2010 / 96m - USA
Super poster

The superhero nerd flick is slowly turning into a proper sub genre of its own. First there were films like Defendor, Zebraman, Kick-Ass and Scott Pilgrim Vs The World, now director James Gunn takes a swing at the newly established genre. Beware though, Gunn's lo-fi approach packs a bit more punch than I had anticipated, leaving me stunned on quite a few occasions. Which, in this case, is definitely a good thing.

screen capture of Super

If I had known Gunn was the man behind Slither I probably would've been a bit more prepared to face Super. Slither was a rather sublime mix of comedy and gore which aptly demonstrated Gunn's rather unique sense of humor combined with his utter lack of subtlety. If you think Super is just another superhero nerd rip-off, better reconsider before watching this because the film holds more than just a few dumb one-liners and nerdy people running around in spandex.

There is a scene quite early on in the film, where Frank sits himself down in front of the TV and zaps to an anime tentacle rape scene. His face shows a mix of disgust and wonder, the time it takes to zap to the next show is just slightly too long. It's small details like these that indicate Gunn is not all that attached to America's traditional Hollywood values system, allowing him to break a few cliches that would be impossible to tackle in similar big budget Hollywood films.

The setup of Super is pretty much familiar territory by now though. Frank is a rather sad human specimen who hits rocks bottom when a flashy pimp steals his wife from under his nose, the only bright spot in his bleak, stale life. Frank decides it's time for a change of lifestyle when he is literally touched by the hand of God and he starts research on what it would take to become a real-world superhero. This of course proves a little harder than expected, even when God himself is on your side.

screen capture of Super

Visually Gunn keeps everything pretty low-key. No flashy camera work, no overly bright colors and no polished animation scenes. Everything looks rather bleak, there's a pleasant crude edge to the film's look and even though some visual effects could've looked a bit better, they don't really take away from the overall visual experience.

The soundtrack is the only real downer of Super. To complement his lo-fi audiovisual approach Gunn tucked some indie rock track underneath his film. Sadly these songs don't really work well within the setting and draw a little too much attention to the film's background. While the rest of the film feels quite novel and fresh, the soundtrack lacks inspiration and just feels flat and lifeless.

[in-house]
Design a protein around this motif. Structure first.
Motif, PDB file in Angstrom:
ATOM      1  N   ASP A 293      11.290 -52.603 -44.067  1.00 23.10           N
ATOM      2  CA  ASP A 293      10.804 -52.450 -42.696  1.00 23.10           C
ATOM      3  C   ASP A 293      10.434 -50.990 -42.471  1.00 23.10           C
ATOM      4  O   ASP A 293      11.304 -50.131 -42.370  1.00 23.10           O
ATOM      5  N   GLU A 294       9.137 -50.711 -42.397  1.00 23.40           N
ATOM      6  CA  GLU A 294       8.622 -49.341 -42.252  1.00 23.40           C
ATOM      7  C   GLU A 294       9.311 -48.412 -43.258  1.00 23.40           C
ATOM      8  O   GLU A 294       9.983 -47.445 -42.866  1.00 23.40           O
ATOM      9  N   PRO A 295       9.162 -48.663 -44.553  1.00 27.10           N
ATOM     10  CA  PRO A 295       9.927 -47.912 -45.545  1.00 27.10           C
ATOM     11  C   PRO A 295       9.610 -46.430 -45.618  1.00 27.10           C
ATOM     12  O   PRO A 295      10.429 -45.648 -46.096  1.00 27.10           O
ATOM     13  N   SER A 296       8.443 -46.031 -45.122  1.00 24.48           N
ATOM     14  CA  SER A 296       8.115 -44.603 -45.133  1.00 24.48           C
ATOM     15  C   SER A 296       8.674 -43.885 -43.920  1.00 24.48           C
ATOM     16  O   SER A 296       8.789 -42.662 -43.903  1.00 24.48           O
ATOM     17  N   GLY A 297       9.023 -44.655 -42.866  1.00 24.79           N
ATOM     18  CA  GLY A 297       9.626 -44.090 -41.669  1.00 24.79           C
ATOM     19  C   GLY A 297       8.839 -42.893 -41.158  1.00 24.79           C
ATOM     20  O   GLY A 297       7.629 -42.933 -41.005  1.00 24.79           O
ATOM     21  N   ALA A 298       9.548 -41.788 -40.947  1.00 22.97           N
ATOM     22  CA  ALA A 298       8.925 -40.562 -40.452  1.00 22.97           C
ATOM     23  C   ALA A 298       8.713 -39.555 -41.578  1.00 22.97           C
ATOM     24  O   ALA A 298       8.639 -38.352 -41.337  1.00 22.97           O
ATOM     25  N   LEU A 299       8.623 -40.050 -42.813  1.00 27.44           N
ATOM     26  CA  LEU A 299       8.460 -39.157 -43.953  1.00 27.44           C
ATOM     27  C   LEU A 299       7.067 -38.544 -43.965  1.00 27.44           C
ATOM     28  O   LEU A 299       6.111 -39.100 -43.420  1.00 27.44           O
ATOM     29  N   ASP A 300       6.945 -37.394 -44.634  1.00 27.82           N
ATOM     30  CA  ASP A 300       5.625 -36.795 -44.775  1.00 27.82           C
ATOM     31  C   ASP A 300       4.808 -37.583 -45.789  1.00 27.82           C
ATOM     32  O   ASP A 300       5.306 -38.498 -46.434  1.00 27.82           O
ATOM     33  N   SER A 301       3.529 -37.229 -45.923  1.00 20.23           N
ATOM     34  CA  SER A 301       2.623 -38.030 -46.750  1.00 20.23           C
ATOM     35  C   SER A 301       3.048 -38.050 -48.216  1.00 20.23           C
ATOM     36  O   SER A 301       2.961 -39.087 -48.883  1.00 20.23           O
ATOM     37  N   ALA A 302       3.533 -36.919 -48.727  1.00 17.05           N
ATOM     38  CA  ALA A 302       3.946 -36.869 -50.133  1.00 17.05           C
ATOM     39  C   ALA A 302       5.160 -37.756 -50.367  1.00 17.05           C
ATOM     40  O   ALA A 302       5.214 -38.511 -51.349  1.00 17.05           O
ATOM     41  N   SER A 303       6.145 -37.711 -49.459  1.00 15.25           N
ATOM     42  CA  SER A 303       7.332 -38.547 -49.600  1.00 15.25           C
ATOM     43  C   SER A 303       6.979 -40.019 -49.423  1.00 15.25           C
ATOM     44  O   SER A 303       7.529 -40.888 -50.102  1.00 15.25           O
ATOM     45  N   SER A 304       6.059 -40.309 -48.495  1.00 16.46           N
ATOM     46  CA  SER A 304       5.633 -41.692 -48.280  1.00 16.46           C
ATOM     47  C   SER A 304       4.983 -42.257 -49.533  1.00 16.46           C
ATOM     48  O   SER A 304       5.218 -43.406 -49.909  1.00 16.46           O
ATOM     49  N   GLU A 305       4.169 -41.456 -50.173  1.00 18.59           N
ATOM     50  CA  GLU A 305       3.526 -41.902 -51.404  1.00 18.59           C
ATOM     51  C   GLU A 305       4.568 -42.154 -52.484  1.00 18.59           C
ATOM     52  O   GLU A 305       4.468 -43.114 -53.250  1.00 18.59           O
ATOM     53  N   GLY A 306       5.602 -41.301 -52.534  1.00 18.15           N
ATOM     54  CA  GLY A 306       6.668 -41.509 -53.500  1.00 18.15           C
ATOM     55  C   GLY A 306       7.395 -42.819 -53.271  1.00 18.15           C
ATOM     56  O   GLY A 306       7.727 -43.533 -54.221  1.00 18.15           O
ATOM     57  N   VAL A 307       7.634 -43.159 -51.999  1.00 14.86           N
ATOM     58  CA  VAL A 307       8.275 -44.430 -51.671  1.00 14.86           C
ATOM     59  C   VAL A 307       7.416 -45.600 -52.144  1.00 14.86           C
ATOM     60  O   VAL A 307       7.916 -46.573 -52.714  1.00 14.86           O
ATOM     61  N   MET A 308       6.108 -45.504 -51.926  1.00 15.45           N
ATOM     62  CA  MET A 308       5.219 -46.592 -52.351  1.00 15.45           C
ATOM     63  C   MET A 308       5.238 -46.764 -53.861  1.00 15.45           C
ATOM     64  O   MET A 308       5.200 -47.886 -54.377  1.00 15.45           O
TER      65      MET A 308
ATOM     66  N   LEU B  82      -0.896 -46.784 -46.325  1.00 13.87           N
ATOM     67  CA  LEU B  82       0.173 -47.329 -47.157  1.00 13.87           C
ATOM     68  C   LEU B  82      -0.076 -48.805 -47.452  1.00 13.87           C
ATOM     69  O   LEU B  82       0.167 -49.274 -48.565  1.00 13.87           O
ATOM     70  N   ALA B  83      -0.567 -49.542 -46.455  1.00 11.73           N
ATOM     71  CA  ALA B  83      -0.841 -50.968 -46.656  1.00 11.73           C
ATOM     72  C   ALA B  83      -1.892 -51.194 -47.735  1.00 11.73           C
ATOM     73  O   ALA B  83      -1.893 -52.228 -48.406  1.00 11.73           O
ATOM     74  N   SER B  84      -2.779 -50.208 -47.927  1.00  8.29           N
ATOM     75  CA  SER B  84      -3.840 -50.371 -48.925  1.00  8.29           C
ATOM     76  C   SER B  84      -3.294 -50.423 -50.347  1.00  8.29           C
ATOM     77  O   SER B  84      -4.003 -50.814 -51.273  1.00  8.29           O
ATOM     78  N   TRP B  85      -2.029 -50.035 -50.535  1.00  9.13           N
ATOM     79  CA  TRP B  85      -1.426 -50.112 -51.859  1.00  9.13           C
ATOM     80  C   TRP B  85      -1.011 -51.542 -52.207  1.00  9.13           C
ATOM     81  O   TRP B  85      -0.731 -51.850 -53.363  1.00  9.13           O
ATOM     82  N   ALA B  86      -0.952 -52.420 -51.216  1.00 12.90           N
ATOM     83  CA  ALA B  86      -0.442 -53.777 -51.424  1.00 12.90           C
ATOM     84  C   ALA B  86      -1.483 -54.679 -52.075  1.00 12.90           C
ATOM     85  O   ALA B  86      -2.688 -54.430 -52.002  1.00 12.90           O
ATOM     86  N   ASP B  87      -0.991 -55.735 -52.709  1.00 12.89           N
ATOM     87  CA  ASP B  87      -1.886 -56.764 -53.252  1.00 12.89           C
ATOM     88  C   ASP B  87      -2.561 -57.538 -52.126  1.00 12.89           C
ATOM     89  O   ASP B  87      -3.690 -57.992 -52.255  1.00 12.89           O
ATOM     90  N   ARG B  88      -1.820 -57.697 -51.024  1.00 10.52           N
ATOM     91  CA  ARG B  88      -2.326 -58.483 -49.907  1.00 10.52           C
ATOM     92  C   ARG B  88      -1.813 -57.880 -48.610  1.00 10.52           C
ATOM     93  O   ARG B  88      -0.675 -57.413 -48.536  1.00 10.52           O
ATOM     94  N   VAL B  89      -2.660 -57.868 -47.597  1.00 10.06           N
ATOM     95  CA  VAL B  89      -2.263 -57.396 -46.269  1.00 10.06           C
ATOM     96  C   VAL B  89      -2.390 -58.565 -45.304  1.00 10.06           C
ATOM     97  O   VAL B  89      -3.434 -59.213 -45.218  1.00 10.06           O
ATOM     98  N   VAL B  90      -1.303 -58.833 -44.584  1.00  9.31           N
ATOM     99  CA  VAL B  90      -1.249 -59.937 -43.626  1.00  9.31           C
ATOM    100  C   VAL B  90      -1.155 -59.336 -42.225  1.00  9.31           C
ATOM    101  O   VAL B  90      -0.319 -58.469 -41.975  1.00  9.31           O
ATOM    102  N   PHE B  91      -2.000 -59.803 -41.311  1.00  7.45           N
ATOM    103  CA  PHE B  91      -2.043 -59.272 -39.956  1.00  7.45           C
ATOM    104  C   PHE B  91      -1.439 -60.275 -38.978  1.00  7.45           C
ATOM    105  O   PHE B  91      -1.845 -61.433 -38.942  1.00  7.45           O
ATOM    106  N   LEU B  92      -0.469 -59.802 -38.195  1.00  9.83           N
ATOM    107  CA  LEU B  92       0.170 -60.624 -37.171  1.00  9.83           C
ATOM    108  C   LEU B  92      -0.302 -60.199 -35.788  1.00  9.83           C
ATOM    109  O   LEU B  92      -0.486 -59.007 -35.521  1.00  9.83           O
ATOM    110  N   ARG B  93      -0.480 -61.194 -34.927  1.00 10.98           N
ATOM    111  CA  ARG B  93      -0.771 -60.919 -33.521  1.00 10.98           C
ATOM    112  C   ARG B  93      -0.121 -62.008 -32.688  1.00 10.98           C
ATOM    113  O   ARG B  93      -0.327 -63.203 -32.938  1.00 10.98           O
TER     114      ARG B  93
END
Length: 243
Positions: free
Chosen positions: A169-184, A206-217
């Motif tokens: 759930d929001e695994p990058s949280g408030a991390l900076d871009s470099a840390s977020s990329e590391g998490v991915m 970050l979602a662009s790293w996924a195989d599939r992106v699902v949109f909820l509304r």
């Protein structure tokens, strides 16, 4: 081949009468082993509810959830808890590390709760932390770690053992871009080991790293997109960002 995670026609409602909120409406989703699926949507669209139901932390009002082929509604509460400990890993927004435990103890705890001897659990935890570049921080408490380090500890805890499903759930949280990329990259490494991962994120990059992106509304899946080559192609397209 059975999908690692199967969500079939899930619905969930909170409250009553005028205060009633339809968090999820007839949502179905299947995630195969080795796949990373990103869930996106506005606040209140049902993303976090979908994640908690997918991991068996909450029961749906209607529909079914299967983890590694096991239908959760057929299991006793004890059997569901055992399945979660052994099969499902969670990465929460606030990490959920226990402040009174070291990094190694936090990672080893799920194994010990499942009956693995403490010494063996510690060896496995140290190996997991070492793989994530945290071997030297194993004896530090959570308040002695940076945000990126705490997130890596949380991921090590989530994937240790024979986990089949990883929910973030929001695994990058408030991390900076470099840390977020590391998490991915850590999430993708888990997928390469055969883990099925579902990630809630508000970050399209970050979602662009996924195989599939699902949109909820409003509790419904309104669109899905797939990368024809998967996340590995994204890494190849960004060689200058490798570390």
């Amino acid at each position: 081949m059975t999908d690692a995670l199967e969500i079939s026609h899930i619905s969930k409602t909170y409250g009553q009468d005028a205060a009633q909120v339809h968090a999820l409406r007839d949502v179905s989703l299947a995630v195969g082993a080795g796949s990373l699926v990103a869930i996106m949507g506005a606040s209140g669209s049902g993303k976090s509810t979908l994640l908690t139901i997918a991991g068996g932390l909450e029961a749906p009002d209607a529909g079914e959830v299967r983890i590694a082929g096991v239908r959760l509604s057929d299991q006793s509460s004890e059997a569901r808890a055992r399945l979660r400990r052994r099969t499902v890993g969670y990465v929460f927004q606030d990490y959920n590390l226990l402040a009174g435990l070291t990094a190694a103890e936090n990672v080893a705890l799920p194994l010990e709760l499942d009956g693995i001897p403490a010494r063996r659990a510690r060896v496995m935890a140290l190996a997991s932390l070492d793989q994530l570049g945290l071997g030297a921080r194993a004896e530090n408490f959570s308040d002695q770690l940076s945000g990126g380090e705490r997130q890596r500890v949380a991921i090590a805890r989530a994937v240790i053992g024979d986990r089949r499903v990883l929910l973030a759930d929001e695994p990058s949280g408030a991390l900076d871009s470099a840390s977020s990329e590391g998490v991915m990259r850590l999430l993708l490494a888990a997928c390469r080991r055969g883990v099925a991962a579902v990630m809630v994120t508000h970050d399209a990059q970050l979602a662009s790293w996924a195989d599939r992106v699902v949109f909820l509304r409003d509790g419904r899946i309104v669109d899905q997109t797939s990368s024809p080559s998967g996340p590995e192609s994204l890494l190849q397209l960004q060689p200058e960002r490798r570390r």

Luckily the acting is spot on. The male roles are strong but a little unadventurous. Wilson and Bacon are allowed to do what we all know they are good at. The females roles on the other hand feature some nice anti-typecastings. Both Page as squeaky sidekick and Tyler as wasted drug-addicted whore are great fun to behold. And if nothing else, it shows they are capable of more than what is usually presented and/or demanded of them.

screen capture of Super

The first part of Super is still pretty typical genre fare. The humor is great at times, the one-liners are snappy (and stupid) and there a few memorable moments that break free from the norm. The second part of the film becomes a little meaner though, introducing some actual gore and a healthy selection of slap-in-your-face plot twists. Without wanting to spoil too much, Page's fate as a hero sidekick is less than predictable and comes as quite a surprise.

The actual ending is still a bit too soft for my liking, but overall that's just a minor quirk. James Gunn goes a long way in serving something that knows to surprise, blending genre conventions with an utter lack of respect for reigning moral conventions, turning in a film that stands well on its own and differentiates itself from its fellow genre competitors. While comparisons with films like Defendor are still quite easy to make, Super is able to stand its own ground.

Super is an excellent addition to the nerdy superhero genre. Beware that the film could be a bit more blunt and relentless than you might expect based on the advertising and trailers you've seen, but if you can handle that Gunn's film is a real pleasure to behold. Genuinely funny, well acted and packing quite a punch, even though it is "just" a nerdy superhero flick. Good stuff, looking forward to Gunn's future projects.